Saturday, March 22, 2014

3/21/14 Tybee Island; Mallory Pearce

Mallory Pearce

"In this modern world, we travel fast but we see little.  Our routes are marked and are merely a matter of routine.  Migration, I'm sure, is not so.  Migrants travel light, picking up their food as they go.  They absorb and become part of the landscape, which to me is the only way to travel.  You could get more out of a walk to a near-distant wood than a quick 100 mile trip to a relative, because of the same reasons."

     Those words were written by Mallory Pearce 10 years before I was born.  It was part of  a high-school paper he wrote, and it was in a chapter titled "Advent of spring and migration."  Mallory was kind enough to spend the better part of the day with me schooling me on the various animal and plant species on Tybee Island.  You see, Mallory wrote a book not long back.

     It is a book that covers geographic history, flora and fauna of the "Low Country" - that island dotted portion of the eastern seaboard that runs from North Carolina to northern Florida.  The book is all hand-illustrated with renderings of the various animals and plants that call this area home.

     Discussion of plant life was interesting, but I don't do well with remembering Latin names.  One had "vomitus" in the name, so called because the Indians used it medicinally to - well, I guess vomit.  The coastal area is always neat because you transition through different eco-systems in a matter of a few feet.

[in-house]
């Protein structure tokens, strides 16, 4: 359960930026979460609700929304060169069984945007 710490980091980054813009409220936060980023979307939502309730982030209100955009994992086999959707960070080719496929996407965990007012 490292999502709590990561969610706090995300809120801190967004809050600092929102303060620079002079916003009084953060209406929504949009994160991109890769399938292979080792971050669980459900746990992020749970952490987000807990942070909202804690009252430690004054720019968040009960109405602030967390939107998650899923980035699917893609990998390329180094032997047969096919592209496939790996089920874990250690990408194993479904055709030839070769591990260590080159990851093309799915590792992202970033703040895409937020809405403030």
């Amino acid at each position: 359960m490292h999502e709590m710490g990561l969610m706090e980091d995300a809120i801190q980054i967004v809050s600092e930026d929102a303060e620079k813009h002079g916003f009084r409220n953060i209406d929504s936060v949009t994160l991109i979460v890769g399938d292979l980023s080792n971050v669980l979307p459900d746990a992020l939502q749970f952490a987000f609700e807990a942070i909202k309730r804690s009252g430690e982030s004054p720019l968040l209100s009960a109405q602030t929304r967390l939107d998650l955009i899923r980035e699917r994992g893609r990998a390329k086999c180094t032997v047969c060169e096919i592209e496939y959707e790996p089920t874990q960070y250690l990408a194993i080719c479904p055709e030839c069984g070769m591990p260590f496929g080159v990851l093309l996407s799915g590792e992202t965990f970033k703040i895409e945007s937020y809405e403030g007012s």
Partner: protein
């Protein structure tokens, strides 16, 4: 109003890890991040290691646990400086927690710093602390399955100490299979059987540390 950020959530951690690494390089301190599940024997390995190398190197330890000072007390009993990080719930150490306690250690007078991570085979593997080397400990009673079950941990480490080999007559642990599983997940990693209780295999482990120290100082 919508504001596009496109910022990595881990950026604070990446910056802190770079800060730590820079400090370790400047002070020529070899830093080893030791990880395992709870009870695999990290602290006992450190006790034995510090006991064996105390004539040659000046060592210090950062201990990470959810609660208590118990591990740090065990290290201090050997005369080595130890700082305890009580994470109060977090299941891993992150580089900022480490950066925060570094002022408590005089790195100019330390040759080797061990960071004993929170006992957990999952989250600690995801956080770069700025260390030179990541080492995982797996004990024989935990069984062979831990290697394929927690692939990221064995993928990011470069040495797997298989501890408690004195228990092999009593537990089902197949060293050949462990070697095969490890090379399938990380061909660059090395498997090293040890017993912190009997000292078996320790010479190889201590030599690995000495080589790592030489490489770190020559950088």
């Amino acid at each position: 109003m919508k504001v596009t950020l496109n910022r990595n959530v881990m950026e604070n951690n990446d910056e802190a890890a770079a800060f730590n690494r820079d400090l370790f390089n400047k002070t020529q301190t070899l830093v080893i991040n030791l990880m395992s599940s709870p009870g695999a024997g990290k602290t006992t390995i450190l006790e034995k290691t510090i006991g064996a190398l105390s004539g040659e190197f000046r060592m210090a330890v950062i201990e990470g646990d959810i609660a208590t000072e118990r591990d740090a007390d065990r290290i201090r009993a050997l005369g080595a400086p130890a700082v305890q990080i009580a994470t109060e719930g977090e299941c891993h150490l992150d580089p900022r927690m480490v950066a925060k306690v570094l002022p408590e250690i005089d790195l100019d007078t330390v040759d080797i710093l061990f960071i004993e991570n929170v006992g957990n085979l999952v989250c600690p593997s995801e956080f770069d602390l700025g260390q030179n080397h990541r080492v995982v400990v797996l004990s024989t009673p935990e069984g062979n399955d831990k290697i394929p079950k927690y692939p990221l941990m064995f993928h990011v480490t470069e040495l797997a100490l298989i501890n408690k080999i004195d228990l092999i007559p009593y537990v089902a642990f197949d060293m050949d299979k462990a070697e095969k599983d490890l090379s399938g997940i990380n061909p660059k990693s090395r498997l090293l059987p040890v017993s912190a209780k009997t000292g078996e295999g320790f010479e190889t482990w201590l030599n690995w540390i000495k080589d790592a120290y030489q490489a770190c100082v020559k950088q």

But we did spot some birds . . 

Oyster Catcher

Juvenile Ibis

Turnstone pipers




     That last bird - the grackle?  I have been calling that a Raven for years.  I guess because on Sullivan's Island where Edgar Poe wrote "The Raven" there are thousands of these.  He identified many more birds from their song that I could not photograph back in the thickets.

     Between stops at the various marshes, ponds and beaches Mallory would introduce me to his friends at the various pubs on the island.  And on this island EVERYONE knows Mallory.  He moved here with his parents in 1950 and returned to care for his parents after a long career doing animation for documentary and scientific films. Mallory , who sings in the local Episcopal Choir, does not consider himself religious in the traditional sense.  He rather leans toward Pantheism, a view which perceives God as the whole of nature and the Universe rather than a separate entity.  Mallory was making the transition from the holiday spiced Sam Adam's winter brew to the tangy summer brew - spring is definitely in full swing here on the islands.  But it seems it would be a lot easier to get drunk than to get religion on Tybee - there are a lot more pubs than churches.

    Later in the day, while sitting at one of the local establishments he whipped out a drawing pad and penned a the following sketch in just a couple of minutes.

     Quite the set of jowls, huh?  Anyway, Mallory is still teaching three classes at the local college - and he turns 79 in a couple of weeks.  

Have a great Saturday all.

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